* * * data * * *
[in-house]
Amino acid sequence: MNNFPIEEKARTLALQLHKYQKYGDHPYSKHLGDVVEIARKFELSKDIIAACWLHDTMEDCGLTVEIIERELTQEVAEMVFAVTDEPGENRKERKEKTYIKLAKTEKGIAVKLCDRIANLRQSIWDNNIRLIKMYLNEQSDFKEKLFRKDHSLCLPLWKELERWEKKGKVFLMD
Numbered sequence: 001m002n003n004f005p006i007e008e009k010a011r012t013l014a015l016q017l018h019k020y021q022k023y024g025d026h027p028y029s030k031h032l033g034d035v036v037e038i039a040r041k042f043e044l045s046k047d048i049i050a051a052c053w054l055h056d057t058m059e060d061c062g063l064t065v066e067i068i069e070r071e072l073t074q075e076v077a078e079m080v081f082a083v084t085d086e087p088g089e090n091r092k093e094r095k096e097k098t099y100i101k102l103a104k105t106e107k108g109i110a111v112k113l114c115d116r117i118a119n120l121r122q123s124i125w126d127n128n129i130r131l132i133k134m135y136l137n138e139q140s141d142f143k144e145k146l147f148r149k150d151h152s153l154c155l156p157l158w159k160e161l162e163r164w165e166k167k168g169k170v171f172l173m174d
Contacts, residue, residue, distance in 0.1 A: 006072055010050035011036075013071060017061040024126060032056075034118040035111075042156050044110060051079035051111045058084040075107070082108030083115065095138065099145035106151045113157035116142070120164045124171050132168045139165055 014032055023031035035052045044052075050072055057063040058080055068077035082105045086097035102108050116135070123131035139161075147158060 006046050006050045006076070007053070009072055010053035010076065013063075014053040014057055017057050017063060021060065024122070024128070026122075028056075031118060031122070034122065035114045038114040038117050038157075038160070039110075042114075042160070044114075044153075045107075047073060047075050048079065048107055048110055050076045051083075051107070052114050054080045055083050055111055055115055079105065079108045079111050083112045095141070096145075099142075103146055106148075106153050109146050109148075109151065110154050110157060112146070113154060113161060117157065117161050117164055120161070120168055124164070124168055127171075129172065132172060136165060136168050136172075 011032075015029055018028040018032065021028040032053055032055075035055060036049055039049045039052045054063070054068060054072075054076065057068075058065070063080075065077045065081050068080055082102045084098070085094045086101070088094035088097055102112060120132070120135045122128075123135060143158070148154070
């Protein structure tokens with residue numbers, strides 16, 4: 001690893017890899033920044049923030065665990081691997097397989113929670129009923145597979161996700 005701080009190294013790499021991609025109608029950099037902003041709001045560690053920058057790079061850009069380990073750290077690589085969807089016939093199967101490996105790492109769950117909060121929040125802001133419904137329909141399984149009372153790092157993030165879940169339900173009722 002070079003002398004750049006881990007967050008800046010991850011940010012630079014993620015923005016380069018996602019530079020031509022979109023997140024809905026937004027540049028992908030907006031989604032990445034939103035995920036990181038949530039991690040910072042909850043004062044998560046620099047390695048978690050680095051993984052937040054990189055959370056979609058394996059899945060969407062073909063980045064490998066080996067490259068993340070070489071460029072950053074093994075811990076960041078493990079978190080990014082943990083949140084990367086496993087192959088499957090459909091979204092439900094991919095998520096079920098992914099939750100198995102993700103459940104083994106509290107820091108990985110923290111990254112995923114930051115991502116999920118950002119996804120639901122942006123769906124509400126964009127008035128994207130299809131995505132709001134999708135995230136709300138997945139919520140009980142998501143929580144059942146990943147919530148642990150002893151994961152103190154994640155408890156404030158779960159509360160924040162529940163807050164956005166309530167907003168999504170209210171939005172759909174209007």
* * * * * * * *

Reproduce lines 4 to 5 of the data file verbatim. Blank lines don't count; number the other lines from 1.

Contacts, residue, residue, distance in 0.1 A: 006072055010050035011036075013071060017061040024126060032056075034118040035111075042156050044110060051079035051111045058084040075107070082108030083115065095138065099145035106151045113157035116142070120164045124171050132168045139165055 014032055023031035035052045044052075050072055057063040058080055068077035082105045086097035102108050116135070123131035139161075147158060 006046050006050045006076070007053070009072055010053035010076065013063075014053040014057055017057050017063060021060065024122070024128070026122075028056075031118060031122070034122065035114045038114040038117050038157075038160070039110075042114075042160070044114075044153075045107075047073060047075050048079065048107055048110055050076045051083075051107070052114050054080045055083050055111055055115055079105065079108045079111050083112045095141070096145075099142075103146055106148075106153050109146050109148075109151065110154050110157060112146070113154060113161060117157065117161050117164055120161070120168055124164070124168055127171075129172065132172060136165060136168050136172075 011032075015029055018028040018032065021028040032053055032055075035055060036049055039049045039052045054063070054068060054072075054076065057068075058065070063080075065077045065081050068080055082102045084098070085094045086101070088094035088097055102112060120132070120135045122128075123135060143158070148154070
């Protein structure tokens with residue numbers, strides 16, 4: 001690893017890899033920044049923030065665990081691997097397989113929670129009923145597979161996700 005701080009190294013790499021991609025109608029950099037902003041709001045560690053920058057790079061850009069380990073750290077690589085969807089016939093199967101490996105790492109769950117909060121929040125802001133419904137329909141399984149009372153790092157993030165879940169339900173009722 002070079003002398004750049006881990007967050008800046010991850011940010012630079014993620015923005016380069018996602019530079020031509022979109023997140024809905026937004027540049028992908030907006031989604032990445034939103035995920036990181038949530039991690040910072042909850043004062044998560046620099047390695048978690050680095051993984052937040054990189055959370056979609058394996059899945060969407062073909063980045064490998066080996067490259068993340070070489071460029072950053074093994075811990076960041078493990079978190080990014082943990083949140084990367086496993087192959088499957090459909091979204092439900094991919095998520096079920098992914099939750100198995102993700103459940104083994106509290107820091108990985110923290111990254112995923114930051115991502116999920118950002119996804120639901122942006123769906124509400126964009127008035128994207130299809131995505132709001134999708135995230136709300138997945139919520140009980142998501143929580144059942146990943147919530148642990150002893151994961152103190154994640155408890156404030158779960159509360160924040162529940163807050164956005166309530167907003168999504170209210171939005172759909174209007």